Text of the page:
whisky lovers salivated at the thought of who would be the lucky one to taste the last bottle. When it was unveiled at the show, the remaining bottle had been sold for more than $160,000, making it the first bottle of whisky in the world to break the six-figure price point.
One of the three bottles of this outstanding malt was sold to a gentleman in the U.S., and another was sold to a U.K. entrepreneur. In fact, very few whiskies that have reached the age of 64 have ever been released. In recent years, rare whiskies have commanded as much as $54,000, as recorded in 2007, when the rare Macallan 1926, considered the most expensive whisky in the world, sold at an auction.
So what makes the Dalmore Trinitas 64 one of the most coveted and expensive whiskies in the world? Much of it comes simply from the nurturing process. The Dalmore Trinitas 64 was hand-crafted from spirits dating from 1868, 1878, 1926, and 1939, many of which had matured in the Dalmore Distillery. Located on the northern bank of the Firth of Cromarty, deep in the Scottish Highlands, north of Iverness, the Dalmore Distillery has produced exceptional single malt whiskies since 1839. The distillery is perfectly placed to take advantage of a bounty of natural resources, including the waters of Loch Morie and the rich coastal soils of the Black Isle.
Enter Dalmores Master Distiller Richard Paterson, whose role it was to integrate this range of exclusive malts. According to Paterson: The hand of time has been generous and rewarding with the malts I chose to use. They allowed me to create a taste sensation that will never be repeated again and will only ever be available to those that own these bottles. People recognize that you have to pay a premium for true exclusivity, craftsmanship, quality, and heritage. To produce such a rare whisky requires the finest ingredients and wood available. The Dalmore Trinitas 64 spent its long maturation process in a variety of wood casks, including years spent in sherry oak and American white oak.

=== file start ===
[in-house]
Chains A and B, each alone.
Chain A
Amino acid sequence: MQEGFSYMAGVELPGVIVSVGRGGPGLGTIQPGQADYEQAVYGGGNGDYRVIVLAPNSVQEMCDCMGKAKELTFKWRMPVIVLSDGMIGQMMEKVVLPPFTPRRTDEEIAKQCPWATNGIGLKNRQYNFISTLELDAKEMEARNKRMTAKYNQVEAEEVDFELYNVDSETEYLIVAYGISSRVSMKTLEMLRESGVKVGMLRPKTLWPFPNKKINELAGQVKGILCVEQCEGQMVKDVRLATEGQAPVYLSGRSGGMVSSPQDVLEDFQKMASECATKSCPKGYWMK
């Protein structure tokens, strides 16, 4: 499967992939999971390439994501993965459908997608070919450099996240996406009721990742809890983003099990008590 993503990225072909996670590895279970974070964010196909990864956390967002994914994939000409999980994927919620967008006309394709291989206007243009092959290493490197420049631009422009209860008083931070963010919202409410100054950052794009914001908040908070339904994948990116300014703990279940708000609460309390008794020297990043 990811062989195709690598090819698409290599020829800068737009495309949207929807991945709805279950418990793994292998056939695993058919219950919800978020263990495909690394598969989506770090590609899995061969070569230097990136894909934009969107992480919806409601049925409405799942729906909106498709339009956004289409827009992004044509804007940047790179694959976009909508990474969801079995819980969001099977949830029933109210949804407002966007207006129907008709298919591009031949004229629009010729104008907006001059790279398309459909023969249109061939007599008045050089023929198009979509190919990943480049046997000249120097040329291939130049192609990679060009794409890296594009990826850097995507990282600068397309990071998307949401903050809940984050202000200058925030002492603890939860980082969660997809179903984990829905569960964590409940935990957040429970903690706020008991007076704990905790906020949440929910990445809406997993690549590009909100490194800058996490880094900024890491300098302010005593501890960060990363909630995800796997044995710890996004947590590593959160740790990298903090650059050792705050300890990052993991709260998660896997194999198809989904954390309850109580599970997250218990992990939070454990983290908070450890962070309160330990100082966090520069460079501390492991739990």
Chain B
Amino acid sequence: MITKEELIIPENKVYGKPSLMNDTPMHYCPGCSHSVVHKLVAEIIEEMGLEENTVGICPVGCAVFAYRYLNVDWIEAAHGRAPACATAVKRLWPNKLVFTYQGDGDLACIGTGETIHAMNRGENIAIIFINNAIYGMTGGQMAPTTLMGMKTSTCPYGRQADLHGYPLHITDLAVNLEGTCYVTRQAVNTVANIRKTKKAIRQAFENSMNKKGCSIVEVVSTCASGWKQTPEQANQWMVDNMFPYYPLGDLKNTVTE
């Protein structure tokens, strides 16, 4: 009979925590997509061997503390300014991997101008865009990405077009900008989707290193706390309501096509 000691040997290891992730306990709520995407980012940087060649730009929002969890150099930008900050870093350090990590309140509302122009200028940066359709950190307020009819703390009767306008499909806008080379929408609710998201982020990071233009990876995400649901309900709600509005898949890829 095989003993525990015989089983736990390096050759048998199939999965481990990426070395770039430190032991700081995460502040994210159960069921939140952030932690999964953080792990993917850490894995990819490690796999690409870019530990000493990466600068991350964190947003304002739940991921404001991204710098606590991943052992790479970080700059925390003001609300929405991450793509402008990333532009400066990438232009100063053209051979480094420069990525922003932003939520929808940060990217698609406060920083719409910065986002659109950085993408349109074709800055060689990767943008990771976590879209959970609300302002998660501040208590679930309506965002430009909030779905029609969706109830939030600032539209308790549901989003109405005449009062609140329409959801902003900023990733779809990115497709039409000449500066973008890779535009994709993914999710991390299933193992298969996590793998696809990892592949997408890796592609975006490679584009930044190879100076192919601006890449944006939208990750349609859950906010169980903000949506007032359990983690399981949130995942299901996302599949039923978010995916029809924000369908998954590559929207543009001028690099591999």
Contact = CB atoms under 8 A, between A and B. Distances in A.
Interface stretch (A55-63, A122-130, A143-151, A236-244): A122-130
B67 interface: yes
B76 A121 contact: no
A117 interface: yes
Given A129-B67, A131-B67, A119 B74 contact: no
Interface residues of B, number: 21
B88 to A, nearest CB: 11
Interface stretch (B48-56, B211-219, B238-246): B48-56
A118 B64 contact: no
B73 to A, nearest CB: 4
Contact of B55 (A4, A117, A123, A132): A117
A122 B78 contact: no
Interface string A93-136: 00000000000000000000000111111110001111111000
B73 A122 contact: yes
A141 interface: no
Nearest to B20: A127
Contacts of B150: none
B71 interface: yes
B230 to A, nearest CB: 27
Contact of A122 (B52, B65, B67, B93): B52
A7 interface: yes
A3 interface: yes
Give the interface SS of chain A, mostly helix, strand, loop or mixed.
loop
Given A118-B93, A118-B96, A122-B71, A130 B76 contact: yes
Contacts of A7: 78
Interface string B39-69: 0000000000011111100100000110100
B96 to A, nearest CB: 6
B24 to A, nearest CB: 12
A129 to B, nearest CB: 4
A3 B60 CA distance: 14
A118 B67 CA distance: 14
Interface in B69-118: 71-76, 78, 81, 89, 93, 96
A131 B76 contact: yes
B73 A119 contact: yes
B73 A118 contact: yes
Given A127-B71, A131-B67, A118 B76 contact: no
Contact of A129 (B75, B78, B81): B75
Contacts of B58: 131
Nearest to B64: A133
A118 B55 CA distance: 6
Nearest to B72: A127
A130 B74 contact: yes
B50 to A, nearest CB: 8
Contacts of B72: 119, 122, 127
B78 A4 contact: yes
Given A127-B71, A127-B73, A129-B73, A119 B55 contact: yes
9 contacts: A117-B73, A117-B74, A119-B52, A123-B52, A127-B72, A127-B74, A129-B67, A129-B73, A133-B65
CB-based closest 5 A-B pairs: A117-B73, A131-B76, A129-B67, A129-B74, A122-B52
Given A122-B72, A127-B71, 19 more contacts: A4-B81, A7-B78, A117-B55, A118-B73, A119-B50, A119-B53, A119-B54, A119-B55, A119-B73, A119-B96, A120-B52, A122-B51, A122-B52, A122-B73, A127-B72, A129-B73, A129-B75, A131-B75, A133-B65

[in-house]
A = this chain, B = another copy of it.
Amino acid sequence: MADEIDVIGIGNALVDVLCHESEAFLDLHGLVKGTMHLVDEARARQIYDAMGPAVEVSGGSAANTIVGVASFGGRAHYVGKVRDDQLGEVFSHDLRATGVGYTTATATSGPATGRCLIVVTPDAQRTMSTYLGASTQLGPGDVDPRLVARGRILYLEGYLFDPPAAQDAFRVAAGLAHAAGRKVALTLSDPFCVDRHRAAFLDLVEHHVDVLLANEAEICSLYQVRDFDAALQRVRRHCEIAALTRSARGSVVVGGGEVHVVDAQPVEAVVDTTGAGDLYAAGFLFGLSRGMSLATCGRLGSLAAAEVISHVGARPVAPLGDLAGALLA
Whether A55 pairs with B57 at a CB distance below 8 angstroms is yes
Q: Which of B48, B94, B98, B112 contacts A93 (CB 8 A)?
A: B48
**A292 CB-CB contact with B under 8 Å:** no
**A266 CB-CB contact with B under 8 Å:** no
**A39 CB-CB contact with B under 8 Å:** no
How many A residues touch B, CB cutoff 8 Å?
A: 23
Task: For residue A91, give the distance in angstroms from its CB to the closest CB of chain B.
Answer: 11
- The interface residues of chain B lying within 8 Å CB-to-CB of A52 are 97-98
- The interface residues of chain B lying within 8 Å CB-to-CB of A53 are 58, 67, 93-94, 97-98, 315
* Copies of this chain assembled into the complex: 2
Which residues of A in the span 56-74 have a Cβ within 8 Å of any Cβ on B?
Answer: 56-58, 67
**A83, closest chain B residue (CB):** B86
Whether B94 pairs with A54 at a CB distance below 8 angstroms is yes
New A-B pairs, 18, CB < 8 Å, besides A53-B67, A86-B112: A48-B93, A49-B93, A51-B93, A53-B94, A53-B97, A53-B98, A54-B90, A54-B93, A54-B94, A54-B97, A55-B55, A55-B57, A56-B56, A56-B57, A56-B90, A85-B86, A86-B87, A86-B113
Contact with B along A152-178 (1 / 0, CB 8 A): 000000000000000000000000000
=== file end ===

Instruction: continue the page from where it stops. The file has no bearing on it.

Once ready to decant, no details were spared in the presentation of the Dalmore Trinitas 64. Three beautifully sculpted decanterswere meticulously hand-crafted and mouth-blown using the finest crystal. The three Dalmore Trinitas themselves each came in a box crafted from solid English oak, encased in a rare Macassarebony veneer.
But its the tasting of the Dalmore Trinitas 64 where its rewards unfold, for only a lucky few are exposed to its delicious, sensationalarray of aromas. The scent swirls with sweet raisins, rich Colombian coffee, crushed walnuts, and bitter orange cast followed by a glorious fusion of grapefruit, sandalwood, white musk, and Indonesian patchouli. Once the spirit reaches the mouth and envelops the tongue, a wave of hidden flavors unfold including sweet sultanas, figs, and a caramelized topping of Seville oranges, apples, and mangos. Savoring that first swallow also has its rewards, as marzipan, treacle toffee, soft licorice, and roasted coffee linger long and smooth. Close your eyes and youre likely to taste a hint of truffles, walnuts, and Muscovado sugar on your palate for an unforgettable finish.
So who is the lucky owner of the last bottle of Dalmore Trinitas 64, the rarest whisky in the world? Dalmore is keeping it under wrapsat the moment, but you can be sure that the owner is immersing himself in this special whiskys flavorful delights.